Null Subject in Coordinated Clauses
|Author:||Bruno Oliveira Maroneze|
|Submitter Email:||click here to access email|
On January 7, 2001 I posted the folowing query (Linguist 12.7) to this list:
I don't know if this topic has already been studied. If I am making questions which have already been answered, please let me know and point me the references.
When I was studying about the null subject parameter in Brazilian Portuguese, I became very intrigued with the fact that in coordinated clauses, the subject of the second clause can be omitted even in non-pro-drop languages (like English). For example, a sentence like (1) is perfectly grammatical:
(1) I travel a lot and see wonderful things
In (Brazilian) Portuguese, for example, the sentence could be:
(1a) Viajo muito e vejo coisas maravilhosas
without the subject (i. e., with omitted subject) in both clauses; or:
(1b) Eu viajo muito e vejo coisas maravilhosas
with the subject expressed only in the first clause. Sentence (1c) is more complicated:
(1c) ? Eu viajo muito e eu vejo coisas maravilhosas
with both subjects expressed; sentence (1d) is agrammatical:
(1d) * Viajo muito e eu vejo coisas maravilhosas
with only the second subject expressed.
My first question is: in English, is the deletion of the second subject a case of ellipsis? If so, may we consider it a case of ellipsis also in (Brazilian) Portuguese? (We normally don't consider null subjects in Portuguese as elliptical, because an ellipsis implies that the ''thing being omitted'' has already been expressed, which is not always the case).
I analysed these data in another non-pro-drop language, French. It seems to me that this language ''behaves differently'':
(2) ?? Je voyage beaucoup et vois de tr?s belles choses
To me, this sentence is agrammatical, but I want to check it with
My second question is: if in coordinated clauses the subject of the second clause can be omitted even in non-pro-drop languages, may sentence (2) be an argument to demonstrate that French has clitic subjects?
Bruno Oliveira Maroneze
First of all, I wish to thank all who responded to the query:
Cilene Nunes Rodrigues
Joaquim Brand?o de Carvalho
John R Te Velde
I hope I haven't forgotten anyone.
Hutchinson, Rebuschi and Rodrigues told that coordinated clauses are in fact coordinated VPs and, because of that, they need only one subject. Rodrigues also said that correference in coordination forces the second subject to be ''null'', which is an argument to the VP-coordination analysis:
(1) * O Jo?o-x dan?ou e ele-x cantou
(2) O Jo?o dan?ou e cantou
She also suggested two works: Johnson (1994) and Zoerner & Agbayani (2001).
Miller suggested me four works:
Duarte, Ma. Eugenia Lamoglia. MA thesis (UNICAMP). I couldn't find its title.
Cyrino, Sonia. PhD thesis (UNICAMP). I couldn't find its title.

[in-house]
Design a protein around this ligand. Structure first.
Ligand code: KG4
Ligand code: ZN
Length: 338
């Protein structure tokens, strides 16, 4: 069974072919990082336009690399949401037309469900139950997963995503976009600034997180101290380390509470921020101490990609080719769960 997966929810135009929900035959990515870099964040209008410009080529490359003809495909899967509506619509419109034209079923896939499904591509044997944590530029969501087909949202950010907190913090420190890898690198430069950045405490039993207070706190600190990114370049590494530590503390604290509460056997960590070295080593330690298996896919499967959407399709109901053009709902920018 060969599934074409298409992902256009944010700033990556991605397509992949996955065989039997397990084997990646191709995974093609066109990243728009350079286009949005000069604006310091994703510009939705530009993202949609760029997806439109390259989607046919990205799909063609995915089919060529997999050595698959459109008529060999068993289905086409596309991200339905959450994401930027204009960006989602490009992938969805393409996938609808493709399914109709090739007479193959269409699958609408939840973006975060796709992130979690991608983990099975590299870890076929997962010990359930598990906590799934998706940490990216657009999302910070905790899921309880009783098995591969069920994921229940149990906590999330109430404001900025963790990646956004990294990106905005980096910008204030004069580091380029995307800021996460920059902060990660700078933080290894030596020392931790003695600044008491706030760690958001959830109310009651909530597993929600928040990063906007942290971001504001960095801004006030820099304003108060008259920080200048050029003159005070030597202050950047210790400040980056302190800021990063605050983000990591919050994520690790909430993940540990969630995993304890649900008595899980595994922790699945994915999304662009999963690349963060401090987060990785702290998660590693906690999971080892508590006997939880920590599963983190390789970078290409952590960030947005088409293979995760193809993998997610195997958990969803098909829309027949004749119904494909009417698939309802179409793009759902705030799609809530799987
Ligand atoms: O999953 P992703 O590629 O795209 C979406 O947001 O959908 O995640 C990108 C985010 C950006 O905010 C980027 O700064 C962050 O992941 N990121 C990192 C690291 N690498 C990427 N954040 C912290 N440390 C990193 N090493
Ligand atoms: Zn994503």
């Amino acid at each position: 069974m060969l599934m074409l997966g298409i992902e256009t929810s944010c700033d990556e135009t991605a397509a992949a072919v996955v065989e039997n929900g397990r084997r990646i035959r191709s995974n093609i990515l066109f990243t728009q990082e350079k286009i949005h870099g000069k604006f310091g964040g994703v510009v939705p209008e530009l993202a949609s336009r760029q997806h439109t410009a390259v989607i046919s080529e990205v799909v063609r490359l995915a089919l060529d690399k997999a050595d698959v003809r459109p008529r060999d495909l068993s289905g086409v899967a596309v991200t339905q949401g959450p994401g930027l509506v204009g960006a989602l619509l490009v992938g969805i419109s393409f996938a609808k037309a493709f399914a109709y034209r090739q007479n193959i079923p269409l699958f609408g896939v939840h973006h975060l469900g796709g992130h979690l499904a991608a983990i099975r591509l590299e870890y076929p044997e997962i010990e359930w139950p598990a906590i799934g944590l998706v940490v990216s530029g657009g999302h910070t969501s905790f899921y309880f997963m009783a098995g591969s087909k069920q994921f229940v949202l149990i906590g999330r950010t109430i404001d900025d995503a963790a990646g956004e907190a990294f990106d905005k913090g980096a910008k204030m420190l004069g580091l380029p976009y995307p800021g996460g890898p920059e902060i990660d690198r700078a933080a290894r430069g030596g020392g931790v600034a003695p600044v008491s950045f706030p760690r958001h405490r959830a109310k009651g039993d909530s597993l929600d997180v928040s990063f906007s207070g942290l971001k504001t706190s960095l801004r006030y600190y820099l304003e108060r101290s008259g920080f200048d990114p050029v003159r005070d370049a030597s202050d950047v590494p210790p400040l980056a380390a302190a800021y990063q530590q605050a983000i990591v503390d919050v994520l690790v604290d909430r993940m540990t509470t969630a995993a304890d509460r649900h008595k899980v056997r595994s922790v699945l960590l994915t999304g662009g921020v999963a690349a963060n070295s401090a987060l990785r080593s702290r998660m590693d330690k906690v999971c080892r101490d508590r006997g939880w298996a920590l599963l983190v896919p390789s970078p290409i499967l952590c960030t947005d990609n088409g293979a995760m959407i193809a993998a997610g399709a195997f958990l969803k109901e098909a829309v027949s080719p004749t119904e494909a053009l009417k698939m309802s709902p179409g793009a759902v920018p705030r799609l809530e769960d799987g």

It claims that null subjects in Brazilian Portuguese are a case of
Munn, Allan. PhD thesis (University of Maryland). I couldn't find its title.
Negrao and Muller (DELTA). I couldn't find its title.
It claims that empty subjects are bound variables.
Te Velde pointed another problem: constructions like these (with a ''null subject'' non-coreferential with the first subject):
(1) A woman-x is the Secretary of State in the U.S. and e-y could
soon be elected president in Germany
(2) Eine Frau-x ist Au?enminister in den USA und e-y koennte bald zur
Praesidentin in Deutschland gew?hlt werden
are possible in English and German, while they are impossible in Brazilian Portuguese. He suggested me these works:
B?ring, Daniel & Katharina Hartmann. 1998. ''Asymmetrische Koordination.''
Linguistische Berichte 174: 172-201.
te Velde, J. 1999. ''Asymmetrische Koordination? Jain! Another Look at
Subject and Object Gaps in Coordinate Structures.'' Groninger Arbeiten zur
Germanistischen Linguistik 43 (1999): 155-172. Groningen: Germanistisch
Huang suggested me his new book on anaphora:
Huang, Yan (2000). Anaphora: A Cross-linguistic Study. Oxford Studies in
Typology and Linguistic Theory.
Rebuschi told me that the unacceptability of the sentence
Eu viajo muito e eu vejo coisas maravilhosas
can be explained if we admit that the second ''eu'' is emphatic (contrastive); so, pragmatically, there cannot be any contrast between the two subjects, as they are the same.
Lastly, the French linguists who answered me (Flap, Bernard and
Rebuschi) told that the sentence (2)
Je voyage beaucoup et vois de tr?s belles choses
is perfect; but Bernard and Carvalho noted that it is a literary construction, which doesn't occur in oral French. I think that my second question must be reformulated.
Thanks to all who answered my query!
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